FreeformDesignGooCanvasPyGame

Developing with Freeform Design Surfaces: GooCanvas and PyGame - Instructors: rickspencer3

   1 [18:00] <ClassBot> Logs for this session will be available at http://irclogs.ubuntu.com/2011/09/08/%23ubuntu-classroom.html following the conclusion of the session.
   2 [18:02] <rickspencer3> sooo
   3 [18:02] <rickspencer3> hi everybody
   4 [18:02] <rickspencer3> you just missed my best stff
   5 [18:03] <rickspencer3> I was talking in teh wrong channel for the last 2 minutes :)
   6 [18:03] <rickspencer3> so, let's try again ...
   7 [18:03] <rickspencer3> Hello all. Today I will discuss 2 of the APIs that I have used to have a lot of fun with programming for Ubuntnu.
   8 [18:03] <rickspencer3> These APIs are GooCanvas and PyGame. They are both similar in the sense that they provide you with a 2d surface on which you can construct interactive GUIs for your users.
   9 [18:03] <rickspencer3> seriously, I have had tons of fun writing apps with thes over the years
  10 [18:04] <rickspencer3> However, I fonud them to have different strengths and weaknesses. If you choose the correct API it will be more easy and more fun to write yoru app.
  11 [18:04] <rickspencer3> so, why goocanvas or pygame at all?
  12 [18:04] <rickspencer3> A typical desktop app is composed of widgets that a user is used to. Like buttons, entry boxes, and such.
  13 [18:04] <rickspencer3> For these desktop apps, I strongly recommend sticking with PyGtk for the time being.
  14 [18:04] <rickspencer3> like the next year, I think
  15 [18:05] <rickspencer3> PyGtk is the way to go for what I call "boxy" apps
  16 [18:05] <rickspencer3> I use pygtk all the time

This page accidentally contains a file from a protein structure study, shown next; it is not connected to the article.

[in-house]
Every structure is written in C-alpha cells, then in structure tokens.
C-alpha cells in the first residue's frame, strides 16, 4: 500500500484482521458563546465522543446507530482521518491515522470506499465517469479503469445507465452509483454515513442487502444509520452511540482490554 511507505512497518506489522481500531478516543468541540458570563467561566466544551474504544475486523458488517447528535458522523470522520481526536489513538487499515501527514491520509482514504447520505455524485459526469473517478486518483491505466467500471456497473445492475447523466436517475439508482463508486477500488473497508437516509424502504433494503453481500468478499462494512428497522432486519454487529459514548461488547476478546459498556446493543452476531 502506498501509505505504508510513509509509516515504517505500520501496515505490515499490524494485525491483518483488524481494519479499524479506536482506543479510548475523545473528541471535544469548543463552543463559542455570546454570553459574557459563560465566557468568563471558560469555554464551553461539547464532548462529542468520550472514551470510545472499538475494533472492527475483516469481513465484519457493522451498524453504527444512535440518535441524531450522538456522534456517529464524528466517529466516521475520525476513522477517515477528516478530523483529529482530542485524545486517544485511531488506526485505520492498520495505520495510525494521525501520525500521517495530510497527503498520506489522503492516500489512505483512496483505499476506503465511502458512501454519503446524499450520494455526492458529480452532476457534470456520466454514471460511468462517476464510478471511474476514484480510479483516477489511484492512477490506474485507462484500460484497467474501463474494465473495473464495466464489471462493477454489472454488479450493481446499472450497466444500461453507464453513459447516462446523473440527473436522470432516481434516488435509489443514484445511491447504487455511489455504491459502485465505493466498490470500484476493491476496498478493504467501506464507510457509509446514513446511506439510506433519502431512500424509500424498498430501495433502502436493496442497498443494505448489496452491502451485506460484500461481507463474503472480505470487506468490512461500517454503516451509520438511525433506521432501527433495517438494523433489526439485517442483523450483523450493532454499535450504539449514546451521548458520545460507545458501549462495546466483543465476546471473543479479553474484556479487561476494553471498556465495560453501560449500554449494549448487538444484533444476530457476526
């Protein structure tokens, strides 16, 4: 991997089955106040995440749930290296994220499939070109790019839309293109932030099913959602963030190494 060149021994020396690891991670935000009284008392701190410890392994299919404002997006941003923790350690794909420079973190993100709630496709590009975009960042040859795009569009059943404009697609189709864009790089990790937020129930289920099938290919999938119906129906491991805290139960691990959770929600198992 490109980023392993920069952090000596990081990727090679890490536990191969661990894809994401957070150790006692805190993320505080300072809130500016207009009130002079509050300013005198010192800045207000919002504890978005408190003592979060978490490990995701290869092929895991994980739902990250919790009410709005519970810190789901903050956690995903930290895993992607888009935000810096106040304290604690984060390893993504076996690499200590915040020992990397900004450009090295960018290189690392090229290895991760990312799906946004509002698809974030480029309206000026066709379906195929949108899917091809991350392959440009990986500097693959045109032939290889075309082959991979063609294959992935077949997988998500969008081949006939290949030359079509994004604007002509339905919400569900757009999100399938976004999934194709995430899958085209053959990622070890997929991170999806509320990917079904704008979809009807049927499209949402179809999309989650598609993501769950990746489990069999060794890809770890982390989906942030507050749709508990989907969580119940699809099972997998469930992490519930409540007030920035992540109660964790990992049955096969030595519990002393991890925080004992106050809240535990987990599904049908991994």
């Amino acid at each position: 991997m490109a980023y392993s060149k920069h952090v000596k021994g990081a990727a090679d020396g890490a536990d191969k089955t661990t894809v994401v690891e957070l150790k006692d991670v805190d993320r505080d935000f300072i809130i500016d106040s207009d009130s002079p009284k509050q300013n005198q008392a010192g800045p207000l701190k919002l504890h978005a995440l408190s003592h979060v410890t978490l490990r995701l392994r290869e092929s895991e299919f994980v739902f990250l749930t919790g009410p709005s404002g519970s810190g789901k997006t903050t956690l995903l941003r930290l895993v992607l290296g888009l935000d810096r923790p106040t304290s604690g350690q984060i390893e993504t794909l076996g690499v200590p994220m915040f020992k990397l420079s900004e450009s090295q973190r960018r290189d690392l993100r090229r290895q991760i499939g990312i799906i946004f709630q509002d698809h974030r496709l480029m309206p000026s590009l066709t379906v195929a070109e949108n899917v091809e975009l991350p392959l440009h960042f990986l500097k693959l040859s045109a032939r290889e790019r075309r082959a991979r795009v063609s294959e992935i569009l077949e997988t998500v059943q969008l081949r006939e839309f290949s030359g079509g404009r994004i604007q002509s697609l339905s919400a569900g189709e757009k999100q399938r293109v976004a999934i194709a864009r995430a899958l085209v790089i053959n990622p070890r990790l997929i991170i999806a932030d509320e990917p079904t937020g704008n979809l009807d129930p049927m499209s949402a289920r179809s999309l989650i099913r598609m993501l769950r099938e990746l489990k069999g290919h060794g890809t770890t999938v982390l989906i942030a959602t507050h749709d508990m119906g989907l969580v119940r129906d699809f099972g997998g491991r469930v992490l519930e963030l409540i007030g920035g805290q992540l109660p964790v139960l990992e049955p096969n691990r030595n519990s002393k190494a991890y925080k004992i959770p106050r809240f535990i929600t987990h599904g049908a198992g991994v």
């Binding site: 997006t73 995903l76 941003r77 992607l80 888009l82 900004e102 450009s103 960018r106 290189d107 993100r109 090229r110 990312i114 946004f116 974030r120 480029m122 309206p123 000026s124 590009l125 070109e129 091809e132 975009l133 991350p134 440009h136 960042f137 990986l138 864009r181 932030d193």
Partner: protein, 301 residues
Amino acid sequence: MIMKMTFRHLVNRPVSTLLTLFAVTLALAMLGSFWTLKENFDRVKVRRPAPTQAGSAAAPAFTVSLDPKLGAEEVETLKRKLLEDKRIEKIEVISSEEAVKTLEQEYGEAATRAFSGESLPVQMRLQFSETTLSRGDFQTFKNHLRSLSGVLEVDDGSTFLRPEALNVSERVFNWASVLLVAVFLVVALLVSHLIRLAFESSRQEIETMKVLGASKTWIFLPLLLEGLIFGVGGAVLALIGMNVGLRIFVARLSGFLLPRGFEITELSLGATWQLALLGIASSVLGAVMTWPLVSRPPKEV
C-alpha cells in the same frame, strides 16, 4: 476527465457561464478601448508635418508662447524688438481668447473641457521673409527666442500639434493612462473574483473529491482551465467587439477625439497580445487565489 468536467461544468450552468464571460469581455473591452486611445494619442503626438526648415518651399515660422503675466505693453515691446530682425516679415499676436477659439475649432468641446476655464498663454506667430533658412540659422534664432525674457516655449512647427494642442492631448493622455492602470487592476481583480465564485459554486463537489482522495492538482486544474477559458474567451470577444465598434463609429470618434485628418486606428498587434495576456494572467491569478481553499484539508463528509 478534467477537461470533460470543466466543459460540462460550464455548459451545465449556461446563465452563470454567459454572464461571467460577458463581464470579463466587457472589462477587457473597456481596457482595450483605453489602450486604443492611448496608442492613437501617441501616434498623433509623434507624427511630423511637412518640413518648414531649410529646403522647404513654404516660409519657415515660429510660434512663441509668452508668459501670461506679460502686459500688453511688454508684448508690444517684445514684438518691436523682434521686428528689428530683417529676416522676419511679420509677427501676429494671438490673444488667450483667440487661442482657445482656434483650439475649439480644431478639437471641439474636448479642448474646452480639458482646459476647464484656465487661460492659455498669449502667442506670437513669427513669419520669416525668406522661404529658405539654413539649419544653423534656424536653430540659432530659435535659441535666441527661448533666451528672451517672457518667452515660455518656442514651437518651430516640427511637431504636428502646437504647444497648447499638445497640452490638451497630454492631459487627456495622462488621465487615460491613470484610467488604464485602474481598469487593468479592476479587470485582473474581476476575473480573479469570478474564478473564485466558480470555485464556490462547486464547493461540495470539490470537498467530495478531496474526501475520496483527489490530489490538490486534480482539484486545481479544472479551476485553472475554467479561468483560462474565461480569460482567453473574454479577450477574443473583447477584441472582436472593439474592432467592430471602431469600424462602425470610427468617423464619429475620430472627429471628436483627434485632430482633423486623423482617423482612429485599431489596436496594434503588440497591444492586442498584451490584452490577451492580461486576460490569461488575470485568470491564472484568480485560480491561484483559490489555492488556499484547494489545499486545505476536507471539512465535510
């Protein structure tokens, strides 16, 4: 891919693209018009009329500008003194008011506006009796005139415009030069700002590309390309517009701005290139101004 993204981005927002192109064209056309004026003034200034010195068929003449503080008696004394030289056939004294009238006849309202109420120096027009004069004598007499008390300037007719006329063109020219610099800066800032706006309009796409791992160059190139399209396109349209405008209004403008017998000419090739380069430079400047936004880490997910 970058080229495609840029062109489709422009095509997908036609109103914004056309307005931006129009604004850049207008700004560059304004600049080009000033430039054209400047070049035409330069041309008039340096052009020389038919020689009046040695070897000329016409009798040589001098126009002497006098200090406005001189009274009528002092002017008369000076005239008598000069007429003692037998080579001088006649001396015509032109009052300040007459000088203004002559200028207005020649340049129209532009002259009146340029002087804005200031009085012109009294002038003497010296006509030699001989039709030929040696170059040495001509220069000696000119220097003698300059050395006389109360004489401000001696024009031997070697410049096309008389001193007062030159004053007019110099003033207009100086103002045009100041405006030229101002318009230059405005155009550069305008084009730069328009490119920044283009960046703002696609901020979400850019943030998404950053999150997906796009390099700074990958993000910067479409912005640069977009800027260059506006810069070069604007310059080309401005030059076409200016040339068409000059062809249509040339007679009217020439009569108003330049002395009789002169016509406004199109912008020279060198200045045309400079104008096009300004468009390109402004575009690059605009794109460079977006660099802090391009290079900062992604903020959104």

17 [18:05] <rickspencer3> However, sometimes part of an app, or pretty much a whole app, won't need buttons and lists and entry boxes, but will need to display, modify, or animate images, drawings, etc...
  18 [18:05] <rickspencer3> Sometimes in response to user input, sometimes not.
  19 [18:05] <rickspencer3> My goal for this session is to help you choose the right API for those kinds of apps, and to get you started with them.
  20 [18:05] <rickspencer3> please ask questions at any time
  21 [18:05] <rickspencer3> I will check for questions often
  22 [18:06] <rickspencer3> I'll start with GooCanvas because I already did a session on this last year, so there is lots of material.
  23 [18:06] <rickspencer3> https://wiki.ubuntu.com/UbuntuOpportunisticDeveloperWeek/GooCanvas
  24 [18:06] <rickspencer3> basically, I shall copy and past from there, answering quetsions as I go
  25 [18:07] <rickspencer3> thoguh I may skip some to leave room for pygame
  26 [18:07] <rickspencer3> So what is a goocanvas?
  27 [18:07] <rickspencer3> A goocanvas is a 2d composing surface
  28 [18:07] <rickspencer3> You can use it to make pretty much any kind of image
  29 [18:08] <rickspencer3> It's kind of like an api around a drawing program
  30 [18:08] <rickspencer3> So you can have a ton of fun using a goocanvas, because you are pretty much freed from the constraints of a widget library in creating your UI
  31 [18:08] <rickspencer3> goocanvas is cairo under the covers
  32 [18:08] <rickspencer3> and is designed to easily integrate into your gtk app
  33 [18:08] <rickspencer3> So let's add a goocanvas to a pygtk app
  34 [18:09] <rickspencer3> Add it just like a normal pygtk widget
  35 [18:09] <rickspencer3> #set up the goo canvas
  36 [18:09] <rickspencer3> self.goo_canvas = goocanvas.Canvas() self.goo_canvas.set_size_request(640, 480) self.goo_canvas.show()
  37 [18:09] <rickspencer3> tada!
  38 [18:09] <rickspencer3> you have a goocanvas
  39 [18:09] <rickspencer3> Be sure to set the size, otherwise it defaults to 1000,1000, it does not default to the size alloted to it in your window.